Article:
Ph.D. Alum Sabrina Negri on the Detective Work of Film Preservation and the Increased Digitization of Archives during COVID-19

Sabrina Negri (Ph.D. 2017) is Assistant Professor in the Department of Cinema Studies & Moving Image Arts at the University of Colorado Boulder. Negri’s dissertation, titled “Archival Clues: Film, Digital, and the Evidential Paradigm,” speaks to the rich intersections of her work on the digital preservation of analog moving images, but she has also published articles on Italian cinema and Alfred Hitchcock, among other topics. Her film scholarship and teaching is deeply informed by her work as a preservationist and archivist.  

This fall, Negri taught Film History I and an advanced seminar on Film Archiving and Preservation. The first, a large lecture class, had to be modified quite a bit for the remote teaching format. Similar to the format of film history courses at UChicago, CU Boulder students typically attend two lectures and two screenings per week. Knowing that this schedule was too intense for an online setting, Negri condensed the material into one pre-recorded lecture and one online screening per week. She also held optional weekly discussion sections on Zoom, which she really enjoyed. As she reflected on the course, “Even though nothing can take the place of in-person teaching, being online has its advantages: our library worked hard to enrich our selection of titles available for streaming, which allowed me to share optional films with my students. They were very grateful to have a curated selection of movies to watch during their long weeks of isolation. They even enjoyed silent films – or, at least, that’s what they told me!” she laughs.  

Negri did not have to adapt her Film Archiving and Preservation seminar quite as much. “Luckily, our Preservation lab stayed open throughout the semester, so the students could learn the hands-on aspects of the discipline despite the closure of most of the campus.” Negri held lectures and discussions on Zoom, but with a small group of students, she reports that the dynamics were not so different from those of an in-person classroom. “Generally speaking, I think that what everyone missed the most was being able to watch movies all together on a big screen,” she says. “And this might be a very good sign for the future of cinema.” 

The source of inspiration for the Preservation seminar was Negri’s own experience as a preservationist. Negri is a graduate of the L. Jeffrey Selznick School of Film Preservation at the George Eastman Museum in Rochester, N.Y., and she worked for three years as a preservationist at the film archive of the National Cinema Museum in Turin, Italy. “What I like most about film preservation is the detective work that can be done on each print in order to find out where it comes from, who handled it, how it ended up where it was found, and more,” she says. “I teach my students how to handle and repair prints, but also how to identify useful clues when inspecting them. I always give my class a detective assignment, as I call it, asking them to reconstruct the history of a print by inspecting the print itself.” She was glad that her students had access to a lab this term, as they were thrilled by their discoveries that came out of the detective assignment. “One student was able to identify a small film reel as found footage that Phil Solomon used for one of his films.” Beyond a part of the history of experimental cinema, that discovery matters for the institution as well. Phil Solomon (1954-2019) was Professor Emeritus at CU Boulder, following from and working with Stan Brakhage (1933-2003), who was Distinguished Professor of Film Studies at CU Boulder, to build a new avant-garde cinema out of the university.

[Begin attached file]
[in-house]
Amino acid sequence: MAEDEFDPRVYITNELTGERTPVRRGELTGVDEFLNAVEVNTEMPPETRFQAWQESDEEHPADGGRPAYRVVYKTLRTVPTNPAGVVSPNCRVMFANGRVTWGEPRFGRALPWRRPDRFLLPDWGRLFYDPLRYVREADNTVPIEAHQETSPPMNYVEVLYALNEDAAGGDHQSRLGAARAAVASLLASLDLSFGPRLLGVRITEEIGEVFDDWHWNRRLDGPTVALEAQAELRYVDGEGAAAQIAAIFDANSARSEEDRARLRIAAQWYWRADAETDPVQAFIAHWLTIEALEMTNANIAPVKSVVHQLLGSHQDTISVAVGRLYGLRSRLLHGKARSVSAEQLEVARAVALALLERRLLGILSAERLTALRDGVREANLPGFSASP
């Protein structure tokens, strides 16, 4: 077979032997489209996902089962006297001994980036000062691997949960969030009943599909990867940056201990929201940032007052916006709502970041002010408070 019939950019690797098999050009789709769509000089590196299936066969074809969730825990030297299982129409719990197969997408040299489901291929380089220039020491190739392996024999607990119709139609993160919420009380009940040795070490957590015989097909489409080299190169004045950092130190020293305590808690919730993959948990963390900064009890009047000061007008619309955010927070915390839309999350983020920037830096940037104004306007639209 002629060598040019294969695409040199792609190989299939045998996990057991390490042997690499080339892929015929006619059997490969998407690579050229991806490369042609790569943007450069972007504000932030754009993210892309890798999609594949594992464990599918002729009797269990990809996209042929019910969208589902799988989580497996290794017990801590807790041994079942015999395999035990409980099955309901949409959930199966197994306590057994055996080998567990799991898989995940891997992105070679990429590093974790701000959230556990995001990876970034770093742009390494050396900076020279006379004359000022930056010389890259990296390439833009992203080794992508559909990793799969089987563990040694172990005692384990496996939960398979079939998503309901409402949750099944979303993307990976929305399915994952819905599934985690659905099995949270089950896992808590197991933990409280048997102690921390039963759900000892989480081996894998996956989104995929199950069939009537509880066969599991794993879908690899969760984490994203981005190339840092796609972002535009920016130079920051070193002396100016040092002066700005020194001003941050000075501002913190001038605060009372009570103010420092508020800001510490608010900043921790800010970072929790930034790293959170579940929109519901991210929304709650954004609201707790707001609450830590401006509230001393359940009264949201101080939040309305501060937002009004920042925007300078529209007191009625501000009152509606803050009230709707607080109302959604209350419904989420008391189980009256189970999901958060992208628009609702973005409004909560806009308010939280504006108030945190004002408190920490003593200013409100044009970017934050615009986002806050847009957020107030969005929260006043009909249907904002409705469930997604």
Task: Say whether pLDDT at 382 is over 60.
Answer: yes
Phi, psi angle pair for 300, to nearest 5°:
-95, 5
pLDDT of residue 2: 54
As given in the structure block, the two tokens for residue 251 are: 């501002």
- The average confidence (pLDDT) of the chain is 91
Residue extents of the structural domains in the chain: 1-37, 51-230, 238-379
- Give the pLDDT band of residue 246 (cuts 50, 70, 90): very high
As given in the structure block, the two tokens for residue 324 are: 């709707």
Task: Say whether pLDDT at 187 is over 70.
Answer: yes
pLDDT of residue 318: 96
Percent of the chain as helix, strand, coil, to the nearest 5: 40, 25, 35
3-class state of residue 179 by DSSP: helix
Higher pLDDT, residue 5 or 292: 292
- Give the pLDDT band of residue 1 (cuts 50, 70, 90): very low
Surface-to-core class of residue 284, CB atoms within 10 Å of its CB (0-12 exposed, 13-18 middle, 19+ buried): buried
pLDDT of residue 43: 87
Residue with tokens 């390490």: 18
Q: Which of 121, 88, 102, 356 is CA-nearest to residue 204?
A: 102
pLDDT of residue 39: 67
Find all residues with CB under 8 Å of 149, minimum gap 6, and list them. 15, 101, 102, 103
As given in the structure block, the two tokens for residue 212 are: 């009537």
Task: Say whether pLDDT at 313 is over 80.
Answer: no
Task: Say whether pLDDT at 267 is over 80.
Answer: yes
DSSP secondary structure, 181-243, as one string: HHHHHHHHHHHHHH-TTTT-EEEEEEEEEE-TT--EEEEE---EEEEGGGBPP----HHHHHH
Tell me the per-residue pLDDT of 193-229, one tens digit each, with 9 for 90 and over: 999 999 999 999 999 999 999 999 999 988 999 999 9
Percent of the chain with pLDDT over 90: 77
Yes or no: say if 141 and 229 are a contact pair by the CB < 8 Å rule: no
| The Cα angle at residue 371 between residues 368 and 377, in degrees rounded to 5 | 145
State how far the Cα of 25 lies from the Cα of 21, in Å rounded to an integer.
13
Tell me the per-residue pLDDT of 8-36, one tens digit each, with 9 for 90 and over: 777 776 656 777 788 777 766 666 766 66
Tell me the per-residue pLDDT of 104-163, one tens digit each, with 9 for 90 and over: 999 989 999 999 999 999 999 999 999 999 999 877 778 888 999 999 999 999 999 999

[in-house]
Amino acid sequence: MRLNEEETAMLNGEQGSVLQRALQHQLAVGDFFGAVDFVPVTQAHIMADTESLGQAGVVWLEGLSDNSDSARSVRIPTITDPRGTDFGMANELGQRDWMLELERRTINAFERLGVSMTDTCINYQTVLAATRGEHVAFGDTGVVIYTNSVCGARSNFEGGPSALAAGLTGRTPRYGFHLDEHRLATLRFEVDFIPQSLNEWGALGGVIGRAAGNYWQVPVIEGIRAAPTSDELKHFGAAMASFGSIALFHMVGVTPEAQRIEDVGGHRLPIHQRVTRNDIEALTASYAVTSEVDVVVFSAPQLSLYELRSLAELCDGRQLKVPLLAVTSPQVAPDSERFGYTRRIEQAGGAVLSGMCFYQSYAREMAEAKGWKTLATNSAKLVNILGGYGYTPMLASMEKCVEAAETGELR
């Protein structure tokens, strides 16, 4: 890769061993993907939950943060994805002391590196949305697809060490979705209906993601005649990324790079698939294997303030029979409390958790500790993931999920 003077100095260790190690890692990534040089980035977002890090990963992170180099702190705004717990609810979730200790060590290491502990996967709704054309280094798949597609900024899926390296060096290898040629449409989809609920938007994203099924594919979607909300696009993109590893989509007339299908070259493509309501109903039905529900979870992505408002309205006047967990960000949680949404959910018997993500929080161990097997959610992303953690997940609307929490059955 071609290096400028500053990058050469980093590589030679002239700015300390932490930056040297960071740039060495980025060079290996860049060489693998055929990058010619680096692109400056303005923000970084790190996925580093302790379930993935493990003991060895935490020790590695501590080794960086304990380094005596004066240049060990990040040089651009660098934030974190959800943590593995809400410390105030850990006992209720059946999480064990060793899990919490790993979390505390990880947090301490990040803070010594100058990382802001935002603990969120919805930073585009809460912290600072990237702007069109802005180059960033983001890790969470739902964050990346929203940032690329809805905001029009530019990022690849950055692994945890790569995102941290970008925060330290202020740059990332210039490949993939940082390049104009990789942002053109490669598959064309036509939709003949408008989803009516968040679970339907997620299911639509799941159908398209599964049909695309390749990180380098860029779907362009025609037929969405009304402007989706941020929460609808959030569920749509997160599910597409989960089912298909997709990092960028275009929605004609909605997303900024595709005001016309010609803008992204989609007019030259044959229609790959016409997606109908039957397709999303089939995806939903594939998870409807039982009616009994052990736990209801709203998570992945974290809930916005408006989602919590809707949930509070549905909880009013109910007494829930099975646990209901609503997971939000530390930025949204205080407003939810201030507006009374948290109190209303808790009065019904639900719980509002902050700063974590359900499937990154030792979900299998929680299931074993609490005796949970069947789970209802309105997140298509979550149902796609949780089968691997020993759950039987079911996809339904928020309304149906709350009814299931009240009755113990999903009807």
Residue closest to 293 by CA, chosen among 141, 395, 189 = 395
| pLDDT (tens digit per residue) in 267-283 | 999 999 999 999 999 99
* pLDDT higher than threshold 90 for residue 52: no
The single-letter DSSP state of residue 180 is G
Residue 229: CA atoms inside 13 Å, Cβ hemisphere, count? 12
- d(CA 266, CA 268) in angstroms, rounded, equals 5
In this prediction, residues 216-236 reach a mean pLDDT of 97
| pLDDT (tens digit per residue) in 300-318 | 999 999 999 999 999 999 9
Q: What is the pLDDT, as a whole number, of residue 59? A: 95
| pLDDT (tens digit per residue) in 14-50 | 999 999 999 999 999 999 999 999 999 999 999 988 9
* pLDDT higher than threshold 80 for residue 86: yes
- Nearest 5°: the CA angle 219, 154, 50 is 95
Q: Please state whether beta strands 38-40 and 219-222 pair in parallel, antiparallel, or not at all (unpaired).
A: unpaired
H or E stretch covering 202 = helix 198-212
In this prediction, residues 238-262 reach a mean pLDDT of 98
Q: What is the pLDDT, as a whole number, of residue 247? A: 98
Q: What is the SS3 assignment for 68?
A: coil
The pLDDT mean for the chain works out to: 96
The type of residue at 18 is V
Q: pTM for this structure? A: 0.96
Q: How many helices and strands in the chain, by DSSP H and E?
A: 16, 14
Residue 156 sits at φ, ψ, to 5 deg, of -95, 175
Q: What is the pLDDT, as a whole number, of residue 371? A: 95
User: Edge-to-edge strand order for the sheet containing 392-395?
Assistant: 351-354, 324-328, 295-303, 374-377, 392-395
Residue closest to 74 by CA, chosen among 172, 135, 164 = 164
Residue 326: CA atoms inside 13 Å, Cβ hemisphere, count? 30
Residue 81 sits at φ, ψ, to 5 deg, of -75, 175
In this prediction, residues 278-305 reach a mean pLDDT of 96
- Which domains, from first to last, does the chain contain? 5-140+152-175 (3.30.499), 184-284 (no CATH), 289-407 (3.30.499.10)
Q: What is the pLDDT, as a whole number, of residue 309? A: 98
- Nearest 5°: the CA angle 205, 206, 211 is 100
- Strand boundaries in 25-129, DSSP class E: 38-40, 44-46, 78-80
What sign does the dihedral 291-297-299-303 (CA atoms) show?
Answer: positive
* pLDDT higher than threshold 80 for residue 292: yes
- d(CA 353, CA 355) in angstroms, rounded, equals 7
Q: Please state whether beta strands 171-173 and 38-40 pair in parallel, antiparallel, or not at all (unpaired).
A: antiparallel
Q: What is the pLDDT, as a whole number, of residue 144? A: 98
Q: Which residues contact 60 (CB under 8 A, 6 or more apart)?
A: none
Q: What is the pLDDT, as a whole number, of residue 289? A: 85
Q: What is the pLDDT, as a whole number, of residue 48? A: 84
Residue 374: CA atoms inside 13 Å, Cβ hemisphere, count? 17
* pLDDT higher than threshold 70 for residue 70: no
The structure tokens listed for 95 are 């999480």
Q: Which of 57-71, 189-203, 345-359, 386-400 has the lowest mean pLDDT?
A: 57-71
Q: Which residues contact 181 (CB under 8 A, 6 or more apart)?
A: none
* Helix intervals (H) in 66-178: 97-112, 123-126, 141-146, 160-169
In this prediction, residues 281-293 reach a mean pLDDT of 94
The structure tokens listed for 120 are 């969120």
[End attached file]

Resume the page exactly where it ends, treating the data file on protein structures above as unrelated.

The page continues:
Teaching preservation in Fall 2020 has given Negri plenty of chances to reflect on how COVID-19 is impacting film preservation. “From what I’ve seen, COVID forced archives to speed up a process that had been going on for years—that of digitization. In particular, the closure of movie theaters has fostered a broadening of the offering of digitized archival holdings online, often for free and with really interesting results.” The George Eastman Museum is one example: their website contains a selection of their digitized collection, where each title is introduced by the professionals who worked on its preservation. “This approach can be very fruitful,” she remarks, “insofar as it narrows the gap between the archive and the general audience. It creates a form of ‘soft curatorship’ where the institution opens its doors and offers guidance, but the final selection is up to the spectator—I refuse to adopt the term ‘user!’ I believe that the educational mission of film archives is exactly this—to guide the audience but give them freedom of choice.” 

As far as Negri’s own educational mission, she has brought several traditions that she learned as a CMS Ph.D. student with her to CU Boulder. Among them are the desire to push students to think critically and the emphasis on close analysis as the first step towards the knowledge of cinema. “Most importantly, I would not have learned how to approach a practical problem with a theoretical framework had it not been for CMS, and that mindset has shaped both my research and my teaching more than words can express,” she says. “Finally, CMS faculty taught me that I can learn from my students: seeing the world’s top scholars engage with their class with genuine curiosity and enthusiasm was incredibly instructive and heartwarming.” 



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